A vinyāsa Sanskrit: विन्यास, IAST: vinyāsa) is a smooth transition between asanas in styles of modern yoga such as Ashtanga Vinyasa Yoga and Bikram Yoga, especially when movement is paired with the breath.
Maehle (2007: p. 294) defines vinyasa as:
Sequential movement that interlinks postures to form a continuous flow. It creates a movement meditation that reveals all forms as being impermanent and for this reason are not held on to.
Vinyasa is also employed as a noun to describe the sequence of poses that are performed between Adho Mukha Svanasanas or Downward Facing Dog as part of a Surya Namaskara or Sun Salutation sequence. Though this is more correctly termed half-vinyasa as full-vinyasa returns to complete standing asana or positions.
Srivasta Ramaswami, author of The Complete Book of Vinyasa Yoga and a direct disciple of the legendary Yoga teacher Krishnamacharya, discusses the essence of Vinyasa in asana practice:
The following quote is translated from Yoga Makaranda.
"From time immemorial the Vedic syllables…are chanted with the correct (high, low, and level) notes. Likewise, sruti (pitch) and laya (rhythm) govern Indian classical music. Classical Sanskrit poetry follows strict rules of chandas (meter), yati (caesura), and prasa (assemblage). Further, in mantra worship, nyasas (usually the assignment of different parts of the body to various deities, with mantras and gestures)—such as Kala nyasa, Matruka nyasa, Tatwa nyasa—are integral parts. Likewise yogasana (yogic poses), pranayama (yogic breathing exercises), and mudras (seals, locks, gestures) have been practiced with vinyasas from time immemorial.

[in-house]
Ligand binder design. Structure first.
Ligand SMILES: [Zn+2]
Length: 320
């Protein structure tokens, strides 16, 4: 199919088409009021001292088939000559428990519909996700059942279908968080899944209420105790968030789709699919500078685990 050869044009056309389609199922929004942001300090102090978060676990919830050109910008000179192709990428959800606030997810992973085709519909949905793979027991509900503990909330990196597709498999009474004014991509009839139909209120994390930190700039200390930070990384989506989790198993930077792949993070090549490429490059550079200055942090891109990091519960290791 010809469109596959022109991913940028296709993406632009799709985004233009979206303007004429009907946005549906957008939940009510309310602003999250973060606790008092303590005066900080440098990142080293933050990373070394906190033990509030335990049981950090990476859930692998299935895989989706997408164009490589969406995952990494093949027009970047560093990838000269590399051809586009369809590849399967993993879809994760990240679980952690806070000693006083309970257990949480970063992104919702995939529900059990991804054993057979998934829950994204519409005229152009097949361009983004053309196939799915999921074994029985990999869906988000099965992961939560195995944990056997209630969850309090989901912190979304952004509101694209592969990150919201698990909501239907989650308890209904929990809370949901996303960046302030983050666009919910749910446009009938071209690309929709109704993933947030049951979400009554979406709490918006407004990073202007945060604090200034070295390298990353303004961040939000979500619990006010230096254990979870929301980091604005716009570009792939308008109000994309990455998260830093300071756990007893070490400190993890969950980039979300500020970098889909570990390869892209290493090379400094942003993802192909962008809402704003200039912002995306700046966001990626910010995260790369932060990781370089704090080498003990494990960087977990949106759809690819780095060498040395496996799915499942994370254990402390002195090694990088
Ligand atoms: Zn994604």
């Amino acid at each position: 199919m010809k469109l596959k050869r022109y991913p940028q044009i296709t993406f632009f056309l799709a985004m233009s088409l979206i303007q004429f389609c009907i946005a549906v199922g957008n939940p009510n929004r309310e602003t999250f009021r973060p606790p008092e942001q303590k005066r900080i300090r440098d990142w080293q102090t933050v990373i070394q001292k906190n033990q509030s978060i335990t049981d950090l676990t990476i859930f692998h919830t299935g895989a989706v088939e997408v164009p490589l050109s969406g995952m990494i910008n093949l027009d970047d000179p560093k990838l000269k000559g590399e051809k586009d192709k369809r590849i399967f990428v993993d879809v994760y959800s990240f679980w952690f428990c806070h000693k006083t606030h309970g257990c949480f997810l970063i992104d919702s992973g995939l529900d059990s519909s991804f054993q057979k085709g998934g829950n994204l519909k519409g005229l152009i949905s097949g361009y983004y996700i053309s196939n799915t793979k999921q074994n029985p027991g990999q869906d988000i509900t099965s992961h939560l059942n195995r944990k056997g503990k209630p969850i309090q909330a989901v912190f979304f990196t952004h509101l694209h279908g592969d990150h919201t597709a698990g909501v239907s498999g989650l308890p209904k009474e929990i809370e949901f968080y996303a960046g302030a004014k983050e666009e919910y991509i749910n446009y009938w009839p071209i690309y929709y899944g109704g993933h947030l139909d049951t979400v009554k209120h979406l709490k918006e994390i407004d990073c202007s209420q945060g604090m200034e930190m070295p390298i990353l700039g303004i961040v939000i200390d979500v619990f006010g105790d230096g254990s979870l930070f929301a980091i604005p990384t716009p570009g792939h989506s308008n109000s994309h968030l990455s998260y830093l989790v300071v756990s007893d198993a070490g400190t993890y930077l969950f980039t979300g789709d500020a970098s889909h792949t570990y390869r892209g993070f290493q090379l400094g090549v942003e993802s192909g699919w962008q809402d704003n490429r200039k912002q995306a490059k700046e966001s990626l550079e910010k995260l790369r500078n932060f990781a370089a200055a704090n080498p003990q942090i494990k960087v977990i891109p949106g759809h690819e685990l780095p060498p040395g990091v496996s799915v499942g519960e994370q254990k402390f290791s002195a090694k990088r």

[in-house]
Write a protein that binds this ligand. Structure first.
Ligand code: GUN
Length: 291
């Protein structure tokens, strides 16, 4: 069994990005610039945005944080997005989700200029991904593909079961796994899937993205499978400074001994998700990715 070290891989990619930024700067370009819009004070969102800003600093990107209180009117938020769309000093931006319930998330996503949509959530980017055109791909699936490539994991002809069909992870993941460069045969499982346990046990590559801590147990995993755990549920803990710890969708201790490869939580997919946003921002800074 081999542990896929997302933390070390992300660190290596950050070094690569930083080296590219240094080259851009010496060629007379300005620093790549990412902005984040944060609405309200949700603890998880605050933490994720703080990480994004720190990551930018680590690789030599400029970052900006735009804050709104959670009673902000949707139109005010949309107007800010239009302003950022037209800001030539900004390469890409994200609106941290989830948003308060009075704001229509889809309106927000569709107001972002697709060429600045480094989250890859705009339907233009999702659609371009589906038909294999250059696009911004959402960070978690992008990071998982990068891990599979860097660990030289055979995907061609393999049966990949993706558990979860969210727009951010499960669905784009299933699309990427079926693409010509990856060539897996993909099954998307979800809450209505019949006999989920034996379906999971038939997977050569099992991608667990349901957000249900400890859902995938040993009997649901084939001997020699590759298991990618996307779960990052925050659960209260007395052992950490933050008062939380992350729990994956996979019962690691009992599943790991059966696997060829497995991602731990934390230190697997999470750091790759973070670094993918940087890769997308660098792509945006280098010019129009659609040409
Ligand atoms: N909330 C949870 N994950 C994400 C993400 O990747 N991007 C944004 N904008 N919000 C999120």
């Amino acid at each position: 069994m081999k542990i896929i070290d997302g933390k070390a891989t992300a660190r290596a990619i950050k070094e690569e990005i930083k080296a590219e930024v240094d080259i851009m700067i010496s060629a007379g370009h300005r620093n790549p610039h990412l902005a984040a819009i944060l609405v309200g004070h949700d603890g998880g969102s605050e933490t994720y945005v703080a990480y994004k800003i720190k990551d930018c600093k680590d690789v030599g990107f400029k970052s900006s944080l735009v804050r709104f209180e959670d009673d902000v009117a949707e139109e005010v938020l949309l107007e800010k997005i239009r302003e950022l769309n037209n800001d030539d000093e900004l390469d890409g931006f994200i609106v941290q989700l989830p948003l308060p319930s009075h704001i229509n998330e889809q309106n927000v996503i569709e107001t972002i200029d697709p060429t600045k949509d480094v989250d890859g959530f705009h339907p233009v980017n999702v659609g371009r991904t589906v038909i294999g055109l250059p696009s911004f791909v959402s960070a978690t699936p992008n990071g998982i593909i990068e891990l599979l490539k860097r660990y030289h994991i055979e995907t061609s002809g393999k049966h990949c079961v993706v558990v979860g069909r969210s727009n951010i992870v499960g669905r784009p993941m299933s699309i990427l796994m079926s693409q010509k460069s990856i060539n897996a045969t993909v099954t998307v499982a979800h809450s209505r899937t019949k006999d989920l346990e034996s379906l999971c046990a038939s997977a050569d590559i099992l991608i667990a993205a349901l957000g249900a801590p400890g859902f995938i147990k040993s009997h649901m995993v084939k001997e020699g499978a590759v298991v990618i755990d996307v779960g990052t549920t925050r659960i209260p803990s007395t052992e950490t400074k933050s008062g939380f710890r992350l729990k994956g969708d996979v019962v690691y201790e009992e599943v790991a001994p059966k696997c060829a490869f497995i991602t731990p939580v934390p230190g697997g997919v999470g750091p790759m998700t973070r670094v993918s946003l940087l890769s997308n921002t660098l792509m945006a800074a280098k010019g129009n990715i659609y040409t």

"However, these days, in many places, many great souls who teach yoga do so without the vinyasas. They merely stretch or contract the limbs and proclaim that they are practicing yoga…"
Ramaswami further goes on to add, "Just as music without proper pitch (sruti) and rhythm (laya) will not give happiness, yogasana practice without the observance of vinyasas will not give health. That being the case what can I say about the long life, strength and other benefits?"
Many popular yoga classes are described as Vinyasa flow classes. These classes focus on connecting breath with movement as one flows through a series of poses.
- A Little Vinyāsa Travelyogi. Retrieved date 2017-03-07
- Maehle, Gregor (2007). Ashtanga Yoga: Practice and Philosophy (Paperback). New World Library. ISBN 1-57731-606-1 & ISBN 978-1-57731-606-0, p.294
- David, Alice (22 November 2017). "Vinyasa Yoga". healthbeauty.us. Archived from the original on November 2017. Retrieved 22 November 2017.
- Ramaswami Srivasta, The Complete Book of Vinyasa Yoga (2005), Marlowe & Company, New York. ISBN 1-56924-402-2. Page xx–xxi.